Notes taken by Nicolas K., Cedric A. and Oumaima A. Thanks to all of them!
Not presented today.
Vincent Roca (VR): Dave, you mentioned at ietf104 that it would be fine to first have a discussion at ICNRG before coming back to RGLC. Did the ICNRG group make any progress?
Dave Oran (DO): You are putting me on the spot - I have got no feedback on ICNRG on the document.
Vincent Roca (VR): Let us know when you think a RGLC is possible.
DO: We gave ICNRG one month, and maybe move on no matter. Of course, I need confirmation from my co-chairs.
Not presented today.
The authors asked the chairs to ask for feedback from the group.
VR: A question for the group is whether we should adopt I-Ds as research group document? It would make sense for me.
Marie-José Montpetit (MJM): I support Vincent. A goal of the group was also to have a document for existing solutions (BATS, RLC, RLNC, Tetrys, etc.).
Emmanuel Lochin (EL): regarding TETRYS document, Jonathan (Detchart) added some text recently and the authors do not think there is much more needed.
MJM: You should publish that updated version so that the group can adopt it.
EL: Is there interest for the group for the document?
MJM: This is in the charter, yes.
VR (Slides): Just waiting for final approval, the documents are ready.
VR thanks Oumaima and Cedric who both made major contributions to the codec since previous IETF. MJM emphasized that the hackthon is really a great opportunity to see what other people are doing in the other groups, because the rest of the week we are all scattered in many groups.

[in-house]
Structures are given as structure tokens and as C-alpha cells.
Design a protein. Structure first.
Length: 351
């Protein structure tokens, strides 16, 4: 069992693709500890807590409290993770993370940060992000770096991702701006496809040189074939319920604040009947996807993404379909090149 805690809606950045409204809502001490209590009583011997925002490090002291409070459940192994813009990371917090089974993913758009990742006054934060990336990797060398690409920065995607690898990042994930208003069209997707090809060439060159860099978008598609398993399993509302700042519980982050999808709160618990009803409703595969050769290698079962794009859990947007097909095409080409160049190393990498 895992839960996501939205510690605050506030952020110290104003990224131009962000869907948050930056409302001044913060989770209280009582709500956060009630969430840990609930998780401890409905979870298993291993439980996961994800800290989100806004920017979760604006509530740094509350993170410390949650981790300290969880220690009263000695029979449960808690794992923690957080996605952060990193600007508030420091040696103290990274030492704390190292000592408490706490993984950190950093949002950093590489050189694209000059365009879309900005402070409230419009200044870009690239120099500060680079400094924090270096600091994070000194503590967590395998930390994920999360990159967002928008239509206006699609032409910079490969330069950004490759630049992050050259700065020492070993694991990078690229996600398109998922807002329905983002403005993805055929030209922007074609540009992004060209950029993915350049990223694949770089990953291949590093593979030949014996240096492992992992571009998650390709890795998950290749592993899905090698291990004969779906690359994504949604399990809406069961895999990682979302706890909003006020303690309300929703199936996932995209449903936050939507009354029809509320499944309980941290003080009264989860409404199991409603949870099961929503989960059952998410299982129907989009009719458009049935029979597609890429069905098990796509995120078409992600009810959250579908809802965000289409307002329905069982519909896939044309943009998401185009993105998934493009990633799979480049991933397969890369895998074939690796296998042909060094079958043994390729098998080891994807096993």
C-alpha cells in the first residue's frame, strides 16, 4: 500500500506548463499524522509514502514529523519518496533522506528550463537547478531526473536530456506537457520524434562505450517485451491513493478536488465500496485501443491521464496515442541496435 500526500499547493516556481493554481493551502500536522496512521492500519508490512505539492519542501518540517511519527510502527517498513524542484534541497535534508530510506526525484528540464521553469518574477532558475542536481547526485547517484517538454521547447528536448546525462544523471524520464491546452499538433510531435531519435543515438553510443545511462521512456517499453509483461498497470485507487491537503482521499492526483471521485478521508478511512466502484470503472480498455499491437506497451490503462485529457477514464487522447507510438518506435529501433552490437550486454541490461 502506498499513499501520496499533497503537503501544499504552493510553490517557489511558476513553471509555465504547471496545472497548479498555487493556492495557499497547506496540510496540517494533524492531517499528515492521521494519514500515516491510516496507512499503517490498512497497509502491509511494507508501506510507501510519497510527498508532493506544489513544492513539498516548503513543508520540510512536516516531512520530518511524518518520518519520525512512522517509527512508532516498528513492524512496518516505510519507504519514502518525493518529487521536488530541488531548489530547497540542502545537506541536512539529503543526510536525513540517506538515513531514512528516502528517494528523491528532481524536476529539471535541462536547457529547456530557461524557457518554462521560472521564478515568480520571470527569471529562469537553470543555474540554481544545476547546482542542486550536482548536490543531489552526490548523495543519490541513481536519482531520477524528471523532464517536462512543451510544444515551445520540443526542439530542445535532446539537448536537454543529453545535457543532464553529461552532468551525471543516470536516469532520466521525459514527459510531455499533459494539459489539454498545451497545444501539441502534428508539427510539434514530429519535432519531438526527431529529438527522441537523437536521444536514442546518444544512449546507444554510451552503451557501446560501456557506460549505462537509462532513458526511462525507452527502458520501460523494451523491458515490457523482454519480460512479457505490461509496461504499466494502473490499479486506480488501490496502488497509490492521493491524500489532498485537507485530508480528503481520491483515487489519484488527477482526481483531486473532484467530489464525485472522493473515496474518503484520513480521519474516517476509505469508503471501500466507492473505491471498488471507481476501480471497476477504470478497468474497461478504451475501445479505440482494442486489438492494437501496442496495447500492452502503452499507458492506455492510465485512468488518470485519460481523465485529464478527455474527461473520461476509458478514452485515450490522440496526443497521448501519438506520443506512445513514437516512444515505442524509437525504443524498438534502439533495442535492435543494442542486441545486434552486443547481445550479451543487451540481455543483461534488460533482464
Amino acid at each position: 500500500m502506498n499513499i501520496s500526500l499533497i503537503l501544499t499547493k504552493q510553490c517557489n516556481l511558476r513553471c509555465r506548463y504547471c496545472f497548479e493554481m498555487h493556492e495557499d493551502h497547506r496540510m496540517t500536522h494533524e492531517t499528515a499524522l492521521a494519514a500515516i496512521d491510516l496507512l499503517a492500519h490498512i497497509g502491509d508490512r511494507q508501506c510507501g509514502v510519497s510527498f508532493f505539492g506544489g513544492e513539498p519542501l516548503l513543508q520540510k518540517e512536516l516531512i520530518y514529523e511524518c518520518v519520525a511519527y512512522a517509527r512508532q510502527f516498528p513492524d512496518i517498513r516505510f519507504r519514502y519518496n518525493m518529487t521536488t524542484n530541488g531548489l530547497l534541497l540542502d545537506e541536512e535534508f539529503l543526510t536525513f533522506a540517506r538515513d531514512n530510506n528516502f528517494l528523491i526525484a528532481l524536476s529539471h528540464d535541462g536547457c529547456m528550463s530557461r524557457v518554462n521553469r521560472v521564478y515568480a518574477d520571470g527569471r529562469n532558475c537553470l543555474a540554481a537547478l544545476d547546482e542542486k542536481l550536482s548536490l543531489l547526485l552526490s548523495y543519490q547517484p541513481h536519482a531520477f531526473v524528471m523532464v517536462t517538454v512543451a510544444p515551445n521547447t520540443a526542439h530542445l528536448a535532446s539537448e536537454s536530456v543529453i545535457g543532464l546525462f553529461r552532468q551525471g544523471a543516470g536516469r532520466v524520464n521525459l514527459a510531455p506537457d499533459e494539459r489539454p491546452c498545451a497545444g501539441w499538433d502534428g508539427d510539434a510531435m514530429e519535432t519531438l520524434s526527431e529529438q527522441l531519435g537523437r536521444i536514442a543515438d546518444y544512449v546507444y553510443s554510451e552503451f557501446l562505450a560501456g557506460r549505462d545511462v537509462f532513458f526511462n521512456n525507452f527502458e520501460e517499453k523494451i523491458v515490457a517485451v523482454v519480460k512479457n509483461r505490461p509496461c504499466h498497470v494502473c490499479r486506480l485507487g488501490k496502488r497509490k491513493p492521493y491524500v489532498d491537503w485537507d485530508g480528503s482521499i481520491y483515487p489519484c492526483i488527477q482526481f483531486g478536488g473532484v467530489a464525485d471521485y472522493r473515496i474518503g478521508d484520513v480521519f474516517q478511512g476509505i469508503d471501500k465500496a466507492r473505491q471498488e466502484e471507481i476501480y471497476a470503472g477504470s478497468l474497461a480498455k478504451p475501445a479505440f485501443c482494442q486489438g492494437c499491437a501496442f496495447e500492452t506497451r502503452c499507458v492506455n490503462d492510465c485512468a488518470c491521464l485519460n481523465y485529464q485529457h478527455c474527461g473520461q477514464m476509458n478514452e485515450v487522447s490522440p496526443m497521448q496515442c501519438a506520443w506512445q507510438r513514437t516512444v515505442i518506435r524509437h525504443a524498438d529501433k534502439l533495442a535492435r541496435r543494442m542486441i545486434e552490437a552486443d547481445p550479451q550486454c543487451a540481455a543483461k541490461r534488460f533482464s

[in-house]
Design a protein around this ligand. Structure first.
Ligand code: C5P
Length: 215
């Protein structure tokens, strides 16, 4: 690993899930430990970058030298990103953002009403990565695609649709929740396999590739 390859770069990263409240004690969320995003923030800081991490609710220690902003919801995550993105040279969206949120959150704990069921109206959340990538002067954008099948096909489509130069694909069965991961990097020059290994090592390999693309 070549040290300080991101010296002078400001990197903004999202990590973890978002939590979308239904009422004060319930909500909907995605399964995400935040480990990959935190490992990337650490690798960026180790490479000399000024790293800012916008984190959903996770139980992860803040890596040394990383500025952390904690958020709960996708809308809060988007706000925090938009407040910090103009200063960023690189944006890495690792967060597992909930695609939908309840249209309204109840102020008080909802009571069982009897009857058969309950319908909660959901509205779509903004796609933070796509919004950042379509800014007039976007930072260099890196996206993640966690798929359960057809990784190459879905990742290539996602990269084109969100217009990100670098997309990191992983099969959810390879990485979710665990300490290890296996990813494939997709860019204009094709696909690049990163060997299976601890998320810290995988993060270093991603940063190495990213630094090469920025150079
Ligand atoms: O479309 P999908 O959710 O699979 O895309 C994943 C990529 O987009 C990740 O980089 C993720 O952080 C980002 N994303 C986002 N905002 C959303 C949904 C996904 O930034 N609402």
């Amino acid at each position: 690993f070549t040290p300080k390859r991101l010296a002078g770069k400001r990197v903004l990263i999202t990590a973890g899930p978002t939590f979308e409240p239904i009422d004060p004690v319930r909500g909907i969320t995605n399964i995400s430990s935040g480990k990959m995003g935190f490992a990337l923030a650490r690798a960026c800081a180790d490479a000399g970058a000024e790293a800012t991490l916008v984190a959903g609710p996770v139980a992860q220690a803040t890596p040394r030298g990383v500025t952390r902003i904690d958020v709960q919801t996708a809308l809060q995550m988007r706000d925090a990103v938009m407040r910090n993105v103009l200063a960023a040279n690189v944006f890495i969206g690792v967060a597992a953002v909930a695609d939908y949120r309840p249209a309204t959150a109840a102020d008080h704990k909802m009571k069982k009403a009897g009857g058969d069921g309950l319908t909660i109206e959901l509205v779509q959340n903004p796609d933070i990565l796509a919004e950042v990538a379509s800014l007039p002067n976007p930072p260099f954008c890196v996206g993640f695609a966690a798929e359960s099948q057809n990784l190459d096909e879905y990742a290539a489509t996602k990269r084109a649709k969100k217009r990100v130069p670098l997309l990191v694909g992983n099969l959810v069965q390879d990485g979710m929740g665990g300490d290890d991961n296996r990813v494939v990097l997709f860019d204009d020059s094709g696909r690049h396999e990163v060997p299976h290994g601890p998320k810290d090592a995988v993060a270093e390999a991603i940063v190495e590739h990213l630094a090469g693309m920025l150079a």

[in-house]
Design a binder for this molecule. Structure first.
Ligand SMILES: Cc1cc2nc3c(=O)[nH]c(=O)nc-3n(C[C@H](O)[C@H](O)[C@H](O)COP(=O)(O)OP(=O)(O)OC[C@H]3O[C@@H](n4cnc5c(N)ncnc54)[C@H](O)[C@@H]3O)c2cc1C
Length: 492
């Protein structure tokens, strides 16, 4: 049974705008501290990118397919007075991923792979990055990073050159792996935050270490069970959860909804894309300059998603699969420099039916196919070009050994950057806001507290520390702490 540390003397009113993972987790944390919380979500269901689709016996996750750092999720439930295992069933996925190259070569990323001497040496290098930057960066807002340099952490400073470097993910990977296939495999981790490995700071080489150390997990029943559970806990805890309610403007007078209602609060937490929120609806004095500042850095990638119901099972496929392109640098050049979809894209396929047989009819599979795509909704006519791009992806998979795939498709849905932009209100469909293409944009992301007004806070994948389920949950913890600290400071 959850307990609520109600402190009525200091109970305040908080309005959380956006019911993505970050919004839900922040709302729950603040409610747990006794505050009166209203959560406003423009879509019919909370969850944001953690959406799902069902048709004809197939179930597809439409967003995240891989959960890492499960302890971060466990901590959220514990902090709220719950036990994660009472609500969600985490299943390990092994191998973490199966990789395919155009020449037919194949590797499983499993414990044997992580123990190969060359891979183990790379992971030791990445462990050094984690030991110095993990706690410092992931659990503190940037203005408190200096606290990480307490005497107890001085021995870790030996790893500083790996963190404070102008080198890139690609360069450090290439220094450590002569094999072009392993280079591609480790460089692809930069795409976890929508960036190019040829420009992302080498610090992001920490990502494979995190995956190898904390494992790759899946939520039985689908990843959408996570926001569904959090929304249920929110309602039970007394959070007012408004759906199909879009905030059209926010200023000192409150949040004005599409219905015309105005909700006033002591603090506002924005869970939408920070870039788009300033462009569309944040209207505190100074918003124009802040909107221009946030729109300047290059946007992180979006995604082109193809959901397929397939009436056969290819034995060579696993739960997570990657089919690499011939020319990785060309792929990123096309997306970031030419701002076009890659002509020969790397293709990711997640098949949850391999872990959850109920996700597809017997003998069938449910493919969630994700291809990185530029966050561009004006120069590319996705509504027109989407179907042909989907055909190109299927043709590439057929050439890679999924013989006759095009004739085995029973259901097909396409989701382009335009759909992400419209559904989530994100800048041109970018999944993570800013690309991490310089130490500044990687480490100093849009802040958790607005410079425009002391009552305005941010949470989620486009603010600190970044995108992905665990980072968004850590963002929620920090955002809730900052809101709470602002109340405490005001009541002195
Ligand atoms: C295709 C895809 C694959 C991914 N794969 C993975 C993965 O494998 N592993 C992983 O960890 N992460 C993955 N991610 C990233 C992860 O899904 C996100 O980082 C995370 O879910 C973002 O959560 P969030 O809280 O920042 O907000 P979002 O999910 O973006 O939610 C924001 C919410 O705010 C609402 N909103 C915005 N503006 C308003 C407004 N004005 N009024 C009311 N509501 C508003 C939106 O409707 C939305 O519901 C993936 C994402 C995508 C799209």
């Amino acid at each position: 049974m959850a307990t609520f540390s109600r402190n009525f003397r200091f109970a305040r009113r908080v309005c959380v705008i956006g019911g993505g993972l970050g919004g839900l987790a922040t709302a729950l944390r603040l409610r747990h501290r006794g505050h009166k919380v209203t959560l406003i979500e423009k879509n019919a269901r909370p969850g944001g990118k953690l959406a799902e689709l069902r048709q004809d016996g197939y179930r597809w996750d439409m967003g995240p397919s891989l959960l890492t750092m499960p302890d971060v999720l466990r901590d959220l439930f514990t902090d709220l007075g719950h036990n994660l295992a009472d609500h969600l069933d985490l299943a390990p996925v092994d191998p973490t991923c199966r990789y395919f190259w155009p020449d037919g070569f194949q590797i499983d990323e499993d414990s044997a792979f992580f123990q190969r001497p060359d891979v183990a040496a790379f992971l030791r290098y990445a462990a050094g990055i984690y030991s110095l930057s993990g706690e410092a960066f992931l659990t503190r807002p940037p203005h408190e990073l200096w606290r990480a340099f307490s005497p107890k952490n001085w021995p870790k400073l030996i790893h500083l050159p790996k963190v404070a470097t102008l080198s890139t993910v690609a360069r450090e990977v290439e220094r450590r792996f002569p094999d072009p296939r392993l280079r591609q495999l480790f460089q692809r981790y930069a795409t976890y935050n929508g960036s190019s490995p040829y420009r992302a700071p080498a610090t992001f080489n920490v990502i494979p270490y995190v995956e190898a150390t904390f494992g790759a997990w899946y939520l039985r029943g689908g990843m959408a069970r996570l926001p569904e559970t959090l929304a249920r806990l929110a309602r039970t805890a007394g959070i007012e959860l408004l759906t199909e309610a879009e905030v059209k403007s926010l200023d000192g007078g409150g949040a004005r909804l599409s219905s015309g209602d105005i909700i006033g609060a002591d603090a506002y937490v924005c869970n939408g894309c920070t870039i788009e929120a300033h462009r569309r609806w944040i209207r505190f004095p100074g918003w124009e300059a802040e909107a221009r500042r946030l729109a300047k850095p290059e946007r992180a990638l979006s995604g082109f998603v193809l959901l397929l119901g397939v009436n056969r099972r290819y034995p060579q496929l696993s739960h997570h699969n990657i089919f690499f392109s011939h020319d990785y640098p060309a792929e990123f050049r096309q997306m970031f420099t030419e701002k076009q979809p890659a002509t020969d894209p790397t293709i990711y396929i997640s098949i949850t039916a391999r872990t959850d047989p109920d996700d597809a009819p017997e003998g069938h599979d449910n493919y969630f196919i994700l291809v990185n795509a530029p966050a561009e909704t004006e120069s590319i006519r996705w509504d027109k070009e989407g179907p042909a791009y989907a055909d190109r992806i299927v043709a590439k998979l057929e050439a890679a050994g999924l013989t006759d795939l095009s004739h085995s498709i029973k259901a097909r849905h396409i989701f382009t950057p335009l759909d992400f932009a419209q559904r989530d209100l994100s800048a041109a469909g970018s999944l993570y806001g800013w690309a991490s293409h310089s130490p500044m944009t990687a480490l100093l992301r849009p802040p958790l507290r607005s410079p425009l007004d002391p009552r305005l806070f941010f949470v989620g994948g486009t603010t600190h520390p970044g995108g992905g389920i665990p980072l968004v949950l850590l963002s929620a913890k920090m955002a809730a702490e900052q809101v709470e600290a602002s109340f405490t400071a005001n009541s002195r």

All the comments from Lloyd Wood and Vincent Roca have been answered (see details in github I-D repository for Lloyd’s comments). Some satellite vocabulary (satellite "payload" and "FECFRAME" in the satellite context) may create confusion at IETF and these terms have been removed. Authors think the document is ready for another round of Last Call.
VR: There are still editorials issues, volunteers are welcome. Anyway MJM and VR will read it again. VR, as document shepherd, will take care of this.
Raymond (RY) presents updates on the current use-case (smart lampposts) for BATS codes.
EL: (slide 8) We know that TCP is collapsing in such use cases. Do you use TCP?
RY: We use UDP.
EL: There is no feedback and no fairness. If you share multiple flows, what happens?
RY: In our experiments, we have only one flow.
EL: So do you use congestion control or something like this?
RY: There is only one link in the network, and it links lamppost with each other.
EL: Is it within the application protocol (if is there an application protocol), or is it added to UDP?
RY: Let's take it offline.
VR: What is your target with this I-D?
RY: We would like to have a standard describing BATS.
VR: This is a research group, so it will not be an IETF standard but it can be published as an informational or experimental RFC.